C. Froese Fischer, The Hartree-Fock Method for Atoms (Wiley, New York, 1977).

FroeseFischer, C.

C. FroeseFischer, Comp. Phys. Commun. 64, 369 (1991).
[CrossRef]

Green, C. H.

M. Aymar, C. H. Green, and E. Luc-Koenig, “Multichannel spectroscopy of complex atoms,” Rev. Mod. Phys. (to be published); G. Miecznik, C. H. Greene, and F. Robicheaux, Phys. Rev. A 51, 513 (1995).
[CrossRef] [PubMed]

Greene, C. H.

R. P. Wood, C. H. Greene, and D. Armstrong, Phys. Rev. A 47, 229 (1993).
[CrossRef] [PubMed]

F. Robicheaux and C. H. Greene, Phys. Rev. A 48, 4429 (1993).
[CrossRef] [PubMed]

F. Robicheaux and C. H. Greene, Phys. Rev. A 48, 4441 (1993).
[CrossRef] [PubMed]

F. Robicheaux and C. H. Greene, Phys. Rev. A 46, 3821 (1992).
[CrossRef] [PubMed]

Q. Wang and C. H. Greene, Phys. Rev. A 44, 1874 (1991).
[CrossRef] [PubMed]

C. H. Greene and M. Aymar, Phys. Rev. A 44, 1773 (1991).
[CrossRef] [PubMed]

C. H. Greene, Phys. Rev. A 32, 1880 (1985).
[CrossRef] [PubMed]

C. H. Greene, Fundamental Processes of Atomic Dynamics (Plenum, New York, 1988), p. 105; C. H. Greene and L. Kim, Phys. Rev. A 38, 5953 (1988).
[CrossRef] [PubMed]

Gudeman, C. S.

Knight, R. D.

Löwdin, P.-O.

P.-O. Löwdin, Phys. Rev. 97, 1474 (1955).
[CrossRef]

Luc-Koenig, E.

M. Aymar, C. H. Green, and E. Luc-Koenig, “Multichannel spectroscopy of complex atoms,” Rev. Mod. Phys. (to be published); G. Miecznik, C. H. Greene, and F. Robicheaux, Phys. Rev. A 51, 513 (1995).
[CrossRef] [PubMed]

McLaughlin, K. W.

Page, R. H.

Pradhan, A. K.

A. K. Pradhan and K. A. Berrington, J. Phys. B 26, 157 (1993).
[CrossRef]

Reid, R. H.

R. H. Reid, K. Bartschat, and P. G. Burke, J. Phys. B 25, 3175 (1992).
[CrossRef]

Robicheaux, F.

F. Robicheaux and C. H. Greene, Phys. Rev. A 48, 4441 (1993).
[CrossRef] [PubMed]

F. Robicheaux and C. H. Greene, Phys. Rev. A 48, 4429 (1993).
[CrossRef] [PubMed]

D. J. Armstrong and F. Robicheaux, Phys. Rev. A 48, 4450 (1993).
[CrossRef] [PubMed]

F. Robicheaux, Phys. Rev. A 48, 4162 (1993).
[CrossRef] [PubMed]

F. Robicheaux and C. H. Greene, Phys. Rev. A 46, 3821 (1992).
[CrossRef] [PubMed]

Seaton, M. J.

M. J. Seaton, Rep. Prog. Phys. 46, 167 (1983).
[CrossRef]

Sohl, J. E.

Stachowska, W.

W. Stachowska, M. Fabiszisky, and J. Dembczynski, Z. Phys. D 32, 27 (1994).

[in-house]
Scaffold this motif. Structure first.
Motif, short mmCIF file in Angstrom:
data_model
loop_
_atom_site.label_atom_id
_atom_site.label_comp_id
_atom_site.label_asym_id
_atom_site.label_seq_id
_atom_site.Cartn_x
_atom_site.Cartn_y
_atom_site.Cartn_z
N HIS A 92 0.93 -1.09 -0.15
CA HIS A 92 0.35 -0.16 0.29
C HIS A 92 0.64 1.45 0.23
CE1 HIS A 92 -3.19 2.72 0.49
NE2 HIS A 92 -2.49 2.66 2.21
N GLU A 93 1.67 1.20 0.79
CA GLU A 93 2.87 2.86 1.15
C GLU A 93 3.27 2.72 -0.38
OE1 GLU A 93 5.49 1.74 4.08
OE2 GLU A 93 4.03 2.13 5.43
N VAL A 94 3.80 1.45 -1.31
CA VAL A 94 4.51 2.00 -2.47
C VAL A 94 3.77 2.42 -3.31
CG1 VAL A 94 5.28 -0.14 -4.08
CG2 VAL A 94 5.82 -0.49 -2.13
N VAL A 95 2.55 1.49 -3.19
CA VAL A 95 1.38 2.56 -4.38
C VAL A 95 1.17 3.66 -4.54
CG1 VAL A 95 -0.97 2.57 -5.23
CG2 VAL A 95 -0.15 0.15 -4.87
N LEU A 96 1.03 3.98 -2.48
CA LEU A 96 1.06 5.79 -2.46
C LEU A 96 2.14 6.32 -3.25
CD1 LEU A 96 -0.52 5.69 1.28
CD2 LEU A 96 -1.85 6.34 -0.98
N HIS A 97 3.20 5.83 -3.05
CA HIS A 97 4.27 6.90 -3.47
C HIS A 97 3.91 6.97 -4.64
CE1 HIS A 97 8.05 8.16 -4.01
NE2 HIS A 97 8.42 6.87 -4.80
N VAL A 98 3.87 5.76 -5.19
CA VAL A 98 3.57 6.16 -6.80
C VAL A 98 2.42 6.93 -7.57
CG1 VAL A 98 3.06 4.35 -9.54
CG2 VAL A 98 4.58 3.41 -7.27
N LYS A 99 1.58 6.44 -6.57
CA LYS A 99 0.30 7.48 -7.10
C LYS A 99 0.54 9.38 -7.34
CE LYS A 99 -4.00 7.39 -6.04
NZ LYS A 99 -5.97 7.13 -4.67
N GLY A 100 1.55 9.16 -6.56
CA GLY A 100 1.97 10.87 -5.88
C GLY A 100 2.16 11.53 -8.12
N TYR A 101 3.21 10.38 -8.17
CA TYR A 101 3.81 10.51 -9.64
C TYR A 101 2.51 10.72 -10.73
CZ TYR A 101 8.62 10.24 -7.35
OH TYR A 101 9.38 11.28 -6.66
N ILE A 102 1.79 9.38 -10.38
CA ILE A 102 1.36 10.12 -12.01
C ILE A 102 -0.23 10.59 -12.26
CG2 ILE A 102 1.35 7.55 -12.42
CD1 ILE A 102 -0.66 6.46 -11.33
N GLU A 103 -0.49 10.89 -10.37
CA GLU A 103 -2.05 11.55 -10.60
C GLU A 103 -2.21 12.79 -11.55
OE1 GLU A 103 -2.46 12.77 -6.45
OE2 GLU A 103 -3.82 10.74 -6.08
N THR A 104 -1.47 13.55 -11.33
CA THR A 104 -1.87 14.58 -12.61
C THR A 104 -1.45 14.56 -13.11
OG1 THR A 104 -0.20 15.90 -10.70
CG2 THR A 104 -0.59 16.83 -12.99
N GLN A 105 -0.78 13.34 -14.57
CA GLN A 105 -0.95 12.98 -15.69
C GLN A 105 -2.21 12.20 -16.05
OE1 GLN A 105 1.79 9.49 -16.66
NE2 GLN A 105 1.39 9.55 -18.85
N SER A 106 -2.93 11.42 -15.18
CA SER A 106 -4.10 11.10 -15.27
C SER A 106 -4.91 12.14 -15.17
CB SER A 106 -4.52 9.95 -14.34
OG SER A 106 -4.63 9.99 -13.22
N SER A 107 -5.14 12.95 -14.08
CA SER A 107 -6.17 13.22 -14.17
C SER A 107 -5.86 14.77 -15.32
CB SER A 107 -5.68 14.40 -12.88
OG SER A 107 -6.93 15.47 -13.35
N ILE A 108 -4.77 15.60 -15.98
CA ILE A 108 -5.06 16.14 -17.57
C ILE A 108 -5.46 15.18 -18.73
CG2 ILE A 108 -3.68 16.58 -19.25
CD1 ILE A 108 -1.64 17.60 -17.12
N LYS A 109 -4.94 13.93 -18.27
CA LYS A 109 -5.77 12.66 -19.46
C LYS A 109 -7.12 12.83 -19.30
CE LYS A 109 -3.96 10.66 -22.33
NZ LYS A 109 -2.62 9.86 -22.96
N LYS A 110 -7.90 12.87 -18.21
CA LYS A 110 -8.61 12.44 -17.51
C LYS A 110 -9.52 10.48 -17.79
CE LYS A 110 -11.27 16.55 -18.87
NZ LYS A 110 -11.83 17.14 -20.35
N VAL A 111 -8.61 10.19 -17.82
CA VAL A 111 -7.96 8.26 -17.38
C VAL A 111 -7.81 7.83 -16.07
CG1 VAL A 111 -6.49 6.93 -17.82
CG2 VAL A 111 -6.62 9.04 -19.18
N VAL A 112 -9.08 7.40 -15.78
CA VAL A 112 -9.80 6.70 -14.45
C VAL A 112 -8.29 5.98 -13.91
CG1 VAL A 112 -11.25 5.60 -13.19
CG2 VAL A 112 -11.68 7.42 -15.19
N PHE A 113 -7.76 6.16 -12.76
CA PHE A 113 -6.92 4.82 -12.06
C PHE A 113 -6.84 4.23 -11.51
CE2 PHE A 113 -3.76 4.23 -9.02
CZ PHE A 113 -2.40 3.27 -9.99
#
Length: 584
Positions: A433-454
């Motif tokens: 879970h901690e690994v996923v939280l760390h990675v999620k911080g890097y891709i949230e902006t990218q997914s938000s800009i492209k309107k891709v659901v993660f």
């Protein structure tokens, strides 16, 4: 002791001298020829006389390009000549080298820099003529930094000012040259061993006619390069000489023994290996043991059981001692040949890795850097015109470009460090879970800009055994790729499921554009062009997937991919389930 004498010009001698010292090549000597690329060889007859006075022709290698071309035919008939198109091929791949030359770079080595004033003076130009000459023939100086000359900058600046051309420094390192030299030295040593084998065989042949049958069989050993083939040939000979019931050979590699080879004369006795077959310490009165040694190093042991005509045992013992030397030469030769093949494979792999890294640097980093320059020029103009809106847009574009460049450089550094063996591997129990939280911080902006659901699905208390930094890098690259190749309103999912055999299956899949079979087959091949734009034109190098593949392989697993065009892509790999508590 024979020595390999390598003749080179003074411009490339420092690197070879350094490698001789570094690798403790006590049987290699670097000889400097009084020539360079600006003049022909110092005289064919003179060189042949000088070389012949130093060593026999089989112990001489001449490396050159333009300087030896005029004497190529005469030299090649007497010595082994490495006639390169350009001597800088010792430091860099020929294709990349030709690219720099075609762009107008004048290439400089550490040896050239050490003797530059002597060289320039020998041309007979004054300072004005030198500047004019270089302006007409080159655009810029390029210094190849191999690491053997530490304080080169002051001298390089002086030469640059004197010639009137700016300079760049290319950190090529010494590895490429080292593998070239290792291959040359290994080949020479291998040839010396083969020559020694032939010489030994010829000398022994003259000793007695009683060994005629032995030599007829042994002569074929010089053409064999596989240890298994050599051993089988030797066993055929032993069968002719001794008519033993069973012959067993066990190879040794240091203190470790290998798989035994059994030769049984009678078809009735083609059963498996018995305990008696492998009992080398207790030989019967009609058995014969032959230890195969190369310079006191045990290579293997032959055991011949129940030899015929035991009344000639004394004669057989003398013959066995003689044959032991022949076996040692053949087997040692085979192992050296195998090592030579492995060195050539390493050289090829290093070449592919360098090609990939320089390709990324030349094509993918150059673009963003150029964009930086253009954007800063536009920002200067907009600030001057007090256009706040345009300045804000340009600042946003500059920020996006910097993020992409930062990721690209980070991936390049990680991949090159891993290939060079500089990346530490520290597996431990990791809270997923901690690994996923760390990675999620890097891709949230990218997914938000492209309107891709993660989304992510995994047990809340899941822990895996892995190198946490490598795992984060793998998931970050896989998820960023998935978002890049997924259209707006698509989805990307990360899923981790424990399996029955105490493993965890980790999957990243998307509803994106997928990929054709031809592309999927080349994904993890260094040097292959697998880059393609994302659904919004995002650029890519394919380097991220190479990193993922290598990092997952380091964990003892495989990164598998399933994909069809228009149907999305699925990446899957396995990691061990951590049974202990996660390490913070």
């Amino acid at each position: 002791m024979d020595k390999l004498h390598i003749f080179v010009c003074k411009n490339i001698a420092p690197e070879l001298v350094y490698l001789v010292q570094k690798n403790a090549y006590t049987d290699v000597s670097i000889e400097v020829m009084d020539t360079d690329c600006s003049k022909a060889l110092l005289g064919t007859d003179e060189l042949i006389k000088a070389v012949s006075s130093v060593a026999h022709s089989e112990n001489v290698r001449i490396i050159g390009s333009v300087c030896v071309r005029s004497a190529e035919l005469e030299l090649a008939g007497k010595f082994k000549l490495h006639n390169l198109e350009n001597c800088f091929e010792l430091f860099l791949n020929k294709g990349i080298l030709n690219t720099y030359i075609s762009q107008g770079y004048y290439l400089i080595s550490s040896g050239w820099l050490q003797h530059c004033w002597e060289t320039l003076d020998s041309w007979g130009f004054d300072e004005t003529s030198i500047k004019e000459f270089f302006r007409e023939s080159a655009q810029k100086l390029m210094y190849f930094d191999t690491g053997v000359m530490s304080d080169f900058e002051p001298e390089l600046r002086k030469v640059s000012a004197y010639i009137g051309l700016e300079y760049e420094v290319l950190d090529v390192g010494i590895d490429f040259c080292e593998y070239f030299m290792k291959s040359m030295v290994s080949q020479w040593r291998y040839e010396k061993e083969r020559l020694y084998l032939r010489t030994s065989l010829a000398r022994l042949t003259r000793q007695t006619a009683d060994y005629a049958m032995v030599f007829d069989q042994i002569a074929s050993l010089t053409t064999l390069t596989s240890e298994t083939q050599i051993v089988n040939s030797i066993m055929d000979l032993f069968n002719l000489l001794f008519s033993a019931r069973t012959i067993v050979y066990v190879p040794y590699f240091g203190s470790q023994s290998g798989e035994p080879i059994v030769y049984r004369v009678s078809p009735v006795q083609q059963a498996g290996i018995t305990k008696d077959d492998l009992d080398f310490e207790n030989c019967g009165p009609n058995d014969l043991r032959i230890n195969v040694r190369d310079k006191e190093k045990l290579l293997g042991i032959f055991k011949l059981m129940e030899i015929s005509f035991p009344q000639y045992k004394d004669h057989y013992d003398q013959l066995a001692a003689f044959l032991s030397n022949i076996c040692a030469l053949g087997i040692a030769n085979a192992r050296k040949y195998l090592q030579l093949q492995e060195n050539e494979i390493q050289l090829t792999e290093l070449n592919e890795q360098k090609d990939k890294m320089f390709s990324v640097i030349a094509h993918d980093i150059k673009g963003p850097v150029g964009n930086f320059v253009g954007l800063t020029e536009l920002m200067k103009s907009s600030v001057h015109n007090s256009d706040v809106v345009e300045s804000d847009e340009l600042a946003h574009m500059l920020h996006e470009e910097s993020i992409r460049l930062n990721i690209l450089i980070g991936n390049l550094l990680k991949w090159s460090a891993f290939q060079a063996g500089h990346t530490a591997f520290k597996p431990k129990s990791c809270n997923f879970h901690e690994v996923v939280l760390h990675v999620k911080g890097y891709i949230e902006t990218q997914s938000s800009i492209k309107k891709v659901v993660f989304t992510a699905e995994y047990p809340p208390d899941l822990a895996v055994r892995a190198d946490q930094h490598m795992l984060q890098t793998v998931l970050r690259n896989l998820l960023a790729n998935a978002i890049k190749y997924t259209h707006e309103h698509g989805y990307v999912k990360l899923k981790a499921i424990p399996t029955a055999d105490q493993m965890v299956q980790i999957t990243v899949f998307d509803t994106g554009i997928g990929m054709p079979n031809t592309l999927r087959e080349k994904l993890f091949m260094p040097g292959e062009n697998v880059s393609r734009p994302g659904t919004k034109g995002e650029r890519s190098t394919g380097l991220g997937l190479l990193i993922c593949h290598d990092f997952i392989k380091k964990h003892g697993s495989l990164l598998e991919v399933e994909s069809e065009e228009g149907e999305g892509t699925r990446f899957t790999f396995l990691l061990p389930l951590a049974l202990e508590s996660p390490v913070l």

[CrossRef]

Sugar, J.

J. Sugar and C. Corliss, J. Phys. Chem. Ref. Data,  14 Suppl. 2, 147 (1985).

Wang, Q.

Q. Wang and C. H. Greene, Phys. Rev. A 44, 1874 (1991).
[CrossRef] [PubMed]

Wood, R. P.

R. P. Wood, C. H. Greene, and D. Armstrong, Phys. Rev. A 47, 229 (1993).
[CrossRef] [PubMed]

Zhu, Y.

Comp. Phys. Commun. (1)

C. FroeseFischer, Comp. Phys. Commun. 64, 369 (1991).
[CrossRef]

J. Opt. Soc. Am. B (3)

J. Phys. (Paris) (1)

L. Brillouin, J. Phys. (Paris) 3, 373 (1932).

J. Phys. B (3)

M. Aymar, J. Phys. B 23, 2697 (1990).
[CrossRef]

R. H. Reid, K. Bartschat, and P. G. Burke, J. Phys. B 25, 3175 (1992).
[CrossRef]

A. K. Pradhan and K. A. Berrington, J. Phys. B 26, 157 (1993).
[CrossRef]

J. Phys. Chem. Ref. Data (1)

J. Sugar and C. Corliss, J. Phys. Chem. Ref. Data,  14 Suppl. 2, 147 (1985).

Phys. Rev. (1)

P.-O. Löwdin, Phys. Rev. 97, 1474 (1955).
[CrossRef]

Phys. Rev. A (9)

F. Robicheaux and C. H. Greene, Phys. Rev. A 46, 3821 (1992).
[CrossRef] [PubMed]

Q. Wang and C. H. Greene, Phys. Rev. A 44, 1874 (1991).
[CrossRef] [PubMed]

F. Robicheaux, Phys. Rev. A 48, 4162 (1993).
[CrossRef] [PubMed]

R. P. Wood, C. H. Greene, and D. Armstrong, Phys. Rev. A 47, 229 (1993).
[CrossRef] [PubMed]

C. H. Greene and M. Aymar, Phys. Rev. A 44, 1773 (1991).
[CrossRef] [PubMed]

F. Robicheaux and C. H. Greene, Phys. Rev. A 48, 4429 (1993).
[CrossRef] [PubMed]

F. Robicheaux and C. H. Greene, Phys. Rev. A 48, 4441 (1993).
[CrossRef] [PubMed]

D. J. Armstrong and F. Robicheaux, Phys. Rev. A 48, 4450 (1993).
[CrossRef] [PubMed]

C. H. Greene, Phys. Rev. A 32, 1880 (1985).
[CrossRef] [PubMed]

Rep. Prog. Phys. (1)

M. J. Seaton, Rep. Prog. Phys. 46, 167 (1983).
[CrossRef]

Z. Phys. D (1)

W. Stachowska, M. Fabiszisky, and J. Dembczynski, Z. Phys. D 32, 27 (1994).
[CrossRef]

Other (4)